HP speeds up Unix workstations

Hewlett-Packard on Monday will debut the systems, which feature an entirely new architecture and some faster chips to boot.

Stephen Shankland
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Stephen Shankland has been a reporter at CNET since 1998 and writes about processors, digital photography, AI, quantum computing, computer science, materials science, supercomputers, drones, browsers, 3D printing, USB, and new computing technology in general. He has a soft spot in his heart for standards groups and I/O interfaces. His first big scoop was about radioactive cat poop.
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Hewlett-Packard will debut Unix workstations Monday that feature an entirely new architecture and some faster chips to boot.

The three new Visualize Unix workstation models--the B1000, C3000, and J5000 systems--will embody a new computer design with similarities to the N-class servers HP is promoting as the foundation for its Internet business. In addition, the new models will incorporate HP's top-end PA-RISC chip running at 400 MHz, said marketing manager Patty Azzarello. Previously, only the midrange C-class workstation contained the high-end chip.

"It's a very strong set of products," said Dataquest analyst Peter ffoulkes. The older C360 model, while it used the new chip, didn't have an internal system fast enough to keep the chip fed. "It's a good chip, but for any fast chip to excel, you need a system architecture that can shovel data around the system fast enough," ffoulkes explained.

Overall, HP is aiming for performance, ffoulkes said, where Unix workstation rival Sun Microsystems is emphasizing its lower-priced products. "We're looking at a market that's in transition. Nobody has the perfect formula," ffoulkes said.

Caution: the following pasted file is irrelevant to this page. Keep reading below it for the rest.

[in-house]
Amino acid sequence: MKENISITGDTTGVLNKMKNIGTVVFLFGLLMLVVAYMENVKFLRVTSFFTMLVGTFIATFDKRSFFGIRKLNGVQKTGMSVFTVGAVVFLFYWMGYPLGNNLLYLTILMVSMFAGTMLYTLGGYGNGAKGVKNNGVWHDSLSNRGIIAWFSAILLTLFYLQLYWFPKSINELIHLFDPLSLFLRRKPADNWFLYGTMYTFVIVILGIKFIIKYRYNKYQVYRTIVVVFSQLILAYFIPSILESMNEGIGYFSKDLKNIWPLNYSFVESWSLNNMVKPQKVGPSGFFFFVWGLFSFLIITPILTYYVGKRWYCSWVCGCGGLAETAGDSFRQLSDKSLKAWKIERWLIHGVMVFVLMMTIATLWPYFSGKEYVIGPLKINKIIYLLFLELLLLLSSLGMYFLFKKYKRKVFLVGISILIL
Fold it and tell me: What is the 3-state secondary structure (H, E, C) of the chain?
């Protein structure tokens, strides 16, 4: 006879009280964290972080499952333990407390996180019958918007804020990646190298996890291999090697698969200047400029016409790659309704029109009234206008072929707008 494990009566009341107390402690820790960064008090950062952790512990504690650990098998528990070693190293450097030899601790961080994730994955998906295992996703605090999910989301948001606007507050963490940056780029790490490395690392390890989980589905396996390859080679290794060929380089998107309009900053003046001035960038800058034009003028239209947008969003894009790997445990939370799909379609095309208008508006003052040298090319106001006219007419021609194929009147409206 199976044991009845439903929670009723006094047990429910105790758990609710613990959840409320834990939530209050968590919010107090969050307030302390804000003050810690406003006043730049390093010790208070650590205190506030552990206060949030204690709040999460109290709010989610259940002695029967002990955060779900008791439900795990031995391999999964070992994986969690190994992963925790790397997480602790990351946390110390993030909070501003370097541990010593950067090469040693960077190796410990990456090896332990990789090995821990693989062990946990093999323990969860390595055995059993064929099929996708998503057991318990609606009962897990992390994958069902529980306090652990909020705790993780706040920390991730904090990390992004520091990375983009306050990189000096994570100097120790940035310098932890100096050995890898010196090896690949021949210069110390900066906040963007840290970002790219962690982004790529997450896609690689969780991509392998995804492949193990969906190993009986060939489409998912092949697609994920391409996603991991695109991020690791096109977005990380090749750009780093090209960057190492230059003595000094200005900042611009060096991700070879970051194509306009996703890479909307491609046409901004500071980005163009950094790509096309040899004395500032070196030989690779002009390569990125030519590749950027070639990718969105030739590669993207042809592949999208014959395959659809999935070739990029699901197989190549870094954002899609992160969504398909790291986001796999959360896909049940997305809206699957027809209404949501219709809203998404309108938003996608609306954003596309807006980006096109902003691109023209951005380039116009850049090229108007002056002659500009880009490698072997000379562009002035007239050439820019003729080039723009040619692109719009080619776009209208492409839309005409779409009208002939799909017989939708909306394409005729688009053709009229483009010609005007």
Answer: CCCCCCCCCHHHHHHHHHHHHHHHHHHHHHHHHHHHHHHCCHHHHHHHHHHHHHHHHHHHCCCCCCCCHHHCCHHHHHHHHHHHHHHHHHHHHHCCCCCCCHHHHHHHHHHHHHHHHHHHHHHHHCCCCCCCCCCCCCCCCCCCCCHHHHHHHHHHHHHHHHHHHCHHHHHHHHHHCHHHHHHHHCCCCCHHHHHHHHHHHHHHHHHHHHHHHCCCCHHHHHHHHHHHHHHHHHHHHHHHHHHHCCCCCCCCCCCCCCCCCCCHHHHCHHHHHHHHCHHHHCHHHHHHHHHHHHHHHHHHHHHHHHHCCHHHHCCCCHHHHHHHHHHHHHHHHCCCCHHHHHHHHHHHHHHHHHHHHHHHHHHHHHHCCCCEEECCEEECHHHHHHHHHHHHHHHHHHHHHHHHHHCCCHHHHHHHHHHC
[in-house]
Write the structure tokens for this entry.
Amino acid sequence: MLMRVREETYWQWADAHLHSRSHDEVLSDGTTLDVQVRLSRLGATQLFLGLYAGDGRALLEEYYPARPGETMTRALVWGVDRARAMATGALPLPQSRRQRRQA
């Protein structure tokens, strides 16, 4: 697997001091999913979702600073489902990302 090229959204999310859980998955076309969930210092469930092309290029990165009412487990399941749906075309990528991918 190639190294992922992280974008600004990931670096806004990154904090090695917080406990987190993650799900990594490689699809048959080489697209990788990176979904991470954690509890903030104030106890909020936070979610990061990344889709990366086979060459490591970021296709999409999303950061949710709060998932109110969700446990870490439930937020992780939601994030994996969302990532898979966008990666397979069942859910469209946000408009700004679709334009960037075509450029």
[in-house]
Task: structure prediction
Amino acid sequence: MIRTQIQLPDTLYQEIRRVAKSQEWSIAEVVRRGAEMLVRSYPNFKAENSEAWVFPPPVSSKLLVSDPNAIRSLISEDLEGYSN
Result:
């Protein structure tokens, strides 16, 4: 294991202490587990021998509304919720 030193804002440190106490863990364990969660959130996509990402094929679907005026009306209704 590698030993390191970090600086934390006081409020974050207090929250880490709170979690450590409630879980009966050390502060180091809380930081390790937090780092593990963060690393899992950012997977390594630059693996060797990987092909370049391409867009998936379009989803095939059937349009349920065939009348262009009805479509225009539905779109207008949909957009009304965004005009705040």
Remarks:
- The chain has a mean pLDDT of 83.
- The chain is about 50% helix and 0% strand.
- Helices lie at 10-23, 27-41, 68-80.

The entire workstation industry continues to be roiled by workstations centered around Microsoft Windows and Intel processors, the hallmarks of systems sold with much narrower profit margins.

The new HP workstations can transfer data between the processor and memory at the rate of 1.9 gigabytes per second, twice as fast as the older architecture, said Susan Canney, manager of the Visualize line. In addition, the system can communicate with peripherals like disk systems, video cards, and network cards at the rate of 2 gigabytes per second, another doubling from previous designs.

Intel machines, by contrast, have memory data speeds of 800 megabytes per second, less than half of the HP's Unix workstation, ffoulkes said.

The memory controller chips were designed by HP and are also used in the new N-class servers, Canney said.

The systems all use HP's Visualize graphics cards, which are based on the PA-RISC 8500 chips. While the graphics system isn't new, the new system architecture will be able to milk more speed out of the cards, she said.

Basic models of the B1000, C3000, and J5000 systems cost an estimated $9,888, $13,763, and $22,636. The J5000 systems can accept up to two CPUs.

Another part of the new workstations is the move toward the mainstream PCI data pathway instead of the older EISA bus or HP's proprietary GSC bus, Canney said.

The PCI bus is one of several steps HP is taking to make its Unix machines pick up the attributes of the PC world. "We're being driven by a commodity-minded marketplace," ffoulkes said, so HP is adopting PC market attributes such as outsourcing manufacturing to other companies, building systems to order to reduce inventory, and adopting commodity components and standards such as PCI hardware.

"Using the same technology across servers and workstations...is absolutely the right thing to do," ffoulkes said.

Though Windows NT workstations are making inroads in the workstation space, Unix still has its place, Azzarello said, particularly with large companies designing mechanical products such as airplanes, cars or electronic products like chips.

Although HP has plans to make the transition eventually to the IA-64 chips under development right now at Intel and HP, the company is working to make sure the transition is smooth. Software written for the PA-RISC systems will run on the new IA-64 chips, but in order to get the fastest performance, the software will have to be recompiled, Azzarello said. The IA-64 chips are due midway through 2000.